Assessing dementia risk in general practice: a qualitative study of the attitudes and views of primary care health professionals
- Principal Investigator: Greta Rait
- 1 October 2015 to 30 June 2016
- Project No: 277
- Funding round: FR 9
- Elderly care Mental health
There are over 800,000 people in the United Kingdom (UK) with dementia. Dementia has a huge impact on people with the illness, their families and carers. Health care costs are about £26 billion. England recently introduced dementia “case finding” in the NHS. This is where general practitioners ask people who are at high risk of getting dementia whether they have symptoms of dementia. Some people will be recorded as being “at risk of dementia” because of other health problems like diabetes or strokes. This policy has been introduced with little testing. We do not know what people registered at general practices or GPs think about this, what impact there may be and whether there are any harms or benefits.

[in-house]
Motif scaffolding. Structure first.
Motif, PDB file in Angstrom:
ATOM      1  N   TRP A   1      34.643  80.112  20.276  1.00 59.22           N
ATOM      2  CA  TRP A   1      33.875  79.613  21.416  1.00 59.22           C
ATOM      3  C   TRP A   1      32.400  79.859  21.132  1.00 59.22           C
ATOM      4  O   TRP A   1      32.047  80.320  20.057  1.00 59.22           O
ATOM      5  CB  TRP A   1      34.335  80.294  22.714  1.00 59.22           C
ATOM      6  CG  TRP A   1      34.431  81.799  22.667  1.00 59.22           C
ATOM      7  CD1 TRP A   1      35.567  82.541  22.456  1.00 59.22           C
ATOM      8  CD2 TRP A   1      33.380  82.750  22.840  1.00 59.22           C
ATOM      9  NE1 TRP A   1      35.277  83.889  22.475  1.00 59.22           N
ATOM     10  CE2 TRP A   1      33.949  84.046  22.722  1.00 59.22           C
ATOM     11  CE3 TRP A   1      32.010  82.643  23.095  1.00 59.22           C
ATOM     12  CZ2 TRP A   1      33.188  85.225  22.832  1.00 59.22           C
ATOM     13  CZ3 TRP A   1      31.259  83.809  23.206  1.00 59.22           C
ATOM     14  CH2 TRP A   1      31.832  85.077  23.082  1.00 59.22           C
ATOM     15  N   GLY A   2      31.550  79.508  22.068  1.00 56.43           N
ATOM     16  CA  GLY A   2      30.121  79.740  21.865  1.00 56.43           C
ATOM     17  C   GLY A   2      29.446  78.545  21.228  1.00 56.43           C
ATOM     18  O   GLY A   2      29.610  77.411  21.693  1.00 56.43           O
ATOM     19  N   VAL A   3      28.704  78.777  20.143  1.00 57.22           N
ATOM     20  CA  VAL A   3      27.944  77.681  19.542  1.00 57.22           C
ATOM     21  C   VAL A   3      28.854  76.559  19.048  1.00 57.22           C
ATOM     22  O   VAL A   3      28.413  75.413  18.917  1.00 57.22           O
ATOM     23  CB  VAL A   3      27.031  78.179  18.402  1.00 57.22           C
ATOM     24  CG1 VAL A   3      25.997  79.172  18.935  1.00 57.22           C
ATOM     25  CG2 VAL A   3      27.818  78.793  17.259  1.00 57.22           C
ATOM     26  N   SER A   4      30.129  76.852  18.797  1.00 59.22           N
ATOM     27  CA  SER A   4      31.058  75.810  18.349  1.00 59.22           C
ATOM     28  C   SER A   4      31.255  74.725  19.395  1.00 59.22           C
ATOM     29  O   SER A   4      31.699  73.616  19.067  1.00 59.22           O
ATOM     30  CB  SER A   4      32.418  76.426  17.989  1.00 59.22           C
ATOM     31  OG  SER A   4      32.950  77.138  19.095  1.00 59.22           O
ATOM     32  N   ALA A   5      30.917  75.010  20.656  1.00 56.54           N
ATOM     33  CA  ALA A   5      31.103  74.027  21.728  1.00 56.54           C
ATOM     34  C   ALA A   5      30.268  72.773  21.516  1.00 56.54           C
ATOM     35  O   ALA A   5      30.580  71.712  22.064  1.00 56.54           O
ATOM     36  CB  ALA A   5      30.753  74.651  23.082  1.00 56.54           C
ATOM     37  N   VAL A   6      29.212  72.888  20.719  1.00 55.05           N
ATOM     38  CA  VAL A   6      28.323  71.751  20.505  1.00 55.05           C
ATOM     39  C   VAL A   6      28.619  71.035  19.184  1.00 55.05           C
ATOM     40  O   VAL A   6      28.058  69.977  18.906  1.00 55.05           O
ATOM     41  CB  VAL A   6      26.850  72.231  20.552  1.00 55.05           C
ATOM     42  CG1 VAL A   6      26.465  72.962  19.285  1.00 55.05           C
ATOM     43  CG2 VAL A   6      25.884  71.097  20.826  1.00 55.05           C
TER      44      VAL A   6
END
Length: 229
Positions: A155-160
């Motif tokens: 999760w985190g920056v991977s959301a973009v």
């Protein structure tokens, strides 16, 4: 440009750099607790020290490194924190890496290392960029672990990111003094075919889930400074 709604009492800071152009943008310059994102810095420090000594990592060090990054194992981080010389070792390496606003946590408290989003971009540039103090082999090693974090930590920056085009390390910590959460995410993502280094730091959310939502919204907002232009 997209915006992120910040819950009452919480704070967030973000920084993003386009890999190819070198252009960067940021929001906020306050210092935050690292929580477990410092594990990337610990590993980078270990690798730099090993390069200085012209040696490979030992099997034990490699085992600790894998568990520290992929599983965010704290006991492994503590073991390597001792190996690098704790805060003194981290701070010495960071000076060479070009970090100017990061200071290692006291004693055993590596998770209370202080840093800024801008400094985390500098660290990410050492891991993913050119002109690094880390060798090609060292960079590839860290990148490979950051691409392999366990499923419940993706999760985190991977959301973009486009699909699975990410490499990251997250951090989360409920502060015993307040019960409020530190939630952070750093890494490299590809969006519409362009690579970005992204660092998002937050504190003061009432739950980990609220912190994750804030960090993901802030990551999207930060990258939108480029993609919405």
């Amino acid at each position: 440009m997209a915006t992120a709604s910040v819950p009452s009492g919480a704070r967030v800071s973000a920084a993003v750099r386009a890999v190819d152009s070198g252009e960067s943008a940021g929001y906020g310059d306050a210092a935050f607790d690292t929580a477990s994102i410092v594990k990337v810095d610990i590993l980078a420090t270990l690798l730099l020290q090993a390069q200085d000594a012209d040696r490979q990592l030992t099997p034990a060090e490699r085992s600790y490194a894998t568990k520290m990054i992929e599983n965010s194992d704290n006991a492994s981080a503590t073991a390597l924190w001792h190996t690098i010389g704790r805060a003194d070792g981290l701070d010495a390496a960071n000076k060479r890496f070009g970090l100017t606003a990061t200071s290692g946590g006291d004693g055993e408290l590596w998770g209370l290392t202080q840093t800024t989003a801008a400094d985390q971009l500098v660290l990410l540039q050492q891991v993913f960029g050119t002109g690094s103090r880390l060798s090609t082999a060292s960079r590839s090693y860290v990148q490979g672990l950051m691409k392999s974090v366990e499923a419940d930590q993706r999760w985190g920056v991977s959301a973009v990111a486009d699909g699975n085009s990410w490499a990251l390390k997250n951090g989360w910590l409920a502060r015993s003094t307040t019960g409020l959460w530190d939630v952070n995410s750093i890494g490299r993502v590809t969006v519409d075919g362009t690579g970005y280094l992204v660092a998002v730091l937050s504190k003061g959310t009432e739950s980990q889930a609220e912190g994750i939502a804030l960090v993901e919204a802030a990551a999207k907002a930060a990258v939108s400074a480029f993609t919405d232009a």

We are going to interview GPs, practice nurses and health care assistants about their views about case finding and assessing people’s risk of dementia. We will ask about use of computerised tools and including genetic information. We will tape the interviews and review them to see what is said and what issues come out.
We will combine our findings with another study being led by Newcastle on what people who have experienced “case finding” think about these developments. We will then summarise our findings and feed these back to the Department of Health, Public Health England and voluntary organisations working with older people. Our findings will help improve the way we diagnose dementia and the support we provide after the diagnosis is made.